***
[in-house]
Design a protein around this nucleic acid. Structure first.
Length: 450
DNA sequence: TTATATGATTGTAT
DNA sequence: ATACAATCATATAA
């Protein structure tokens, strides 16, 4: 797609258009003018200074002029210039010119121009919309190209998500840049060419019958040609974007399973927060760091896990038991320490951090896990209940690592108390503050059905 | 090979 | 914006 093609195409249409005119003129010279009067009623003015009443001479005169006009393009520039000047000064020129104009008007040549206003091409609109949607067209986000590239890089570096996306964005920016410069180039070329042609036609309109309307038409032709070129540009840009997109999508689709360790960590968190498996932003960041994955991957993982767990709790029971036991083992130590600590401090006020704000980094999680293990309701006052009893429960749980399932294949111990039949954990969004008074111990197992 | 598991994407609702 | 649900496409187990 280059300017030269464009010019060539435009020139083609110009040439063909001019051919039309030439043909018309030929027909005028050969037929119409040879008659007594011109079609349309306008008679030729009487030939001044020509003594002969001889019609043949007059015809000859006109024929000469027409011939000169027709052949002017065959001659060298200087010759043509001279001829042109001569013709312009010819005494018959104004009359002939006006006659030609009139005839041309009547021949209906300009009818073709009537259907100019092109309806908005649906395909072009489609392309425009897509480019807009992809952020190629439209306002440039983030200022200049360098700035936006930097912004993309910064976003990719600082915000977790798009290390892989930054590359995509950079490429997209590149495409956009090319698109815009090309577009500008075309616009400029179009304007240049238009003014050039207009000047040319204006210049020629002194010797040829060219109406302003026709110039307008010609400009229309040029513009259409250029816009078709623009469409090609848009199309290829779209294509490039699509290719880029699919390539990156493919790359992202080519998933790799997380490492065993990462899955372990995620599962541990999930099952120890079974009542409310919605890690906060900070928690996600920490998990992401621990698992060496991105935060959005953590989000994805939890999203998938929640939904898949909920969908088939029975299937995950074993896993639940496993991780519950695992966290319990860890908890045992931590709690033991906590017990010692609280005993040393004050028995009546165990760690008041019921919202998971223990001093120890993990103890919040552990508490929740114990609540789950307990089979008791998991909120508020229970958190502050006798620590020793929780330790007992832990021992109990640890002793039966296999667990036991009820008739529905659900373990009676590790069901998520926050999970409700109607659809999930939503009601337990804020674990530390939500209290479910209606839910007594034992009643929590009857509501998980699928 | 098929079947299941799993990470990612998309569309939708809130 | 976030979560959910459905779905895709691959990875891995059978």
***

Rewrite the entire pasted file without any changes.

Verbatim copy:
[in-house]
Design a protein around this nucleic acid. Structure first.
Length: 450
DNA sequence: TTATATGATTGTAT
DNA sequence: ATACAATCATATAA
């Protein structure tokens, strides 16, 4: 797609258009003018200074002029210039010119121009919309190209998500840049060419019958040609974007399973927060760091896990038991320490951090896990209940690592108390503050059905 | 090979 | 914006 093609195409249409005119003129010279009067009623003015009443001479005169006009393009520039000047000064020129104009008007040549206003091409609109949607067209986000590239890089570096996306964005920016410069180039070329042609036609309109309307038409032709070129540009840009997109999508689709360790960590968190498996932003960041994955991957993982767990709790029971036991083992130590600590401090006020704000980094999680293990309701006052009893429960749980399932294949111990039949954990969004008074111990197992 | 598991994407609702 | 649900496409187990 280059300017030269464009010019060539435009020139083609110009040439063909001019051919039309030439043909018309030929027909005028050969037929119409040879008659007594011109079609349309306008008679030729009487030939001044020509003594002969001889019609043949007059015809000859006109024929000469027409011939000169027709052949002017065959001659060298200087010759043509001279001829042109001569013709312009010819005494018959104004009359002939006006006659030609009139005839041309009547021949209906300009009818073709009537259907100019092109309806908005649906395909072009489609392309425009897509480019807009992809952020190629439209306002440039983030200022200049360098700035936006930097912004993309910064976003990719600082915000977790798009290390892989930054590359995509950079490429997209590149495409956009090319698109815009090309577009500008075309616009400029179009304007240049238009003014050039207009000047040319204006210049020629002194010797040829060219109406302003026709110039307008010609400009229309040029513009259409250029816009078709623009469409090609848009199309290829779209294509490039699509290719880029699919390539990156493919790359992202080519998933790799997380490492065993990462899955372990995620599962541990999930099952120890079974009542409310919605890690906060900070928690996600920490998990992401621990698992060496991105935060959005953590989000994805939890999203998938929640939904898949909920969908088939029975299937995950074993896993639940496993991780519950695992966290319990860890908890045992931590709690033991906590017990010692609280005993040393004050028995009546165990760690008041019921919202998971223990001093120890993990103890919040552990508490929740114990609540789950307990089979008791998991909120508020229970958190502050006798620590020793929780330790007992832990021992109990640890002793039966296999667990036991009820008739529905659900373990009676590790069901998520926050999970409700109607659809999930939503009601337990804020674990530390939500209290479910209606839910007594034992009643929590009857509501998980699928 | 098929079947299941799993990470990612998309569309939708809130 | 976030979560959910459905779905895709691959990875891995059978």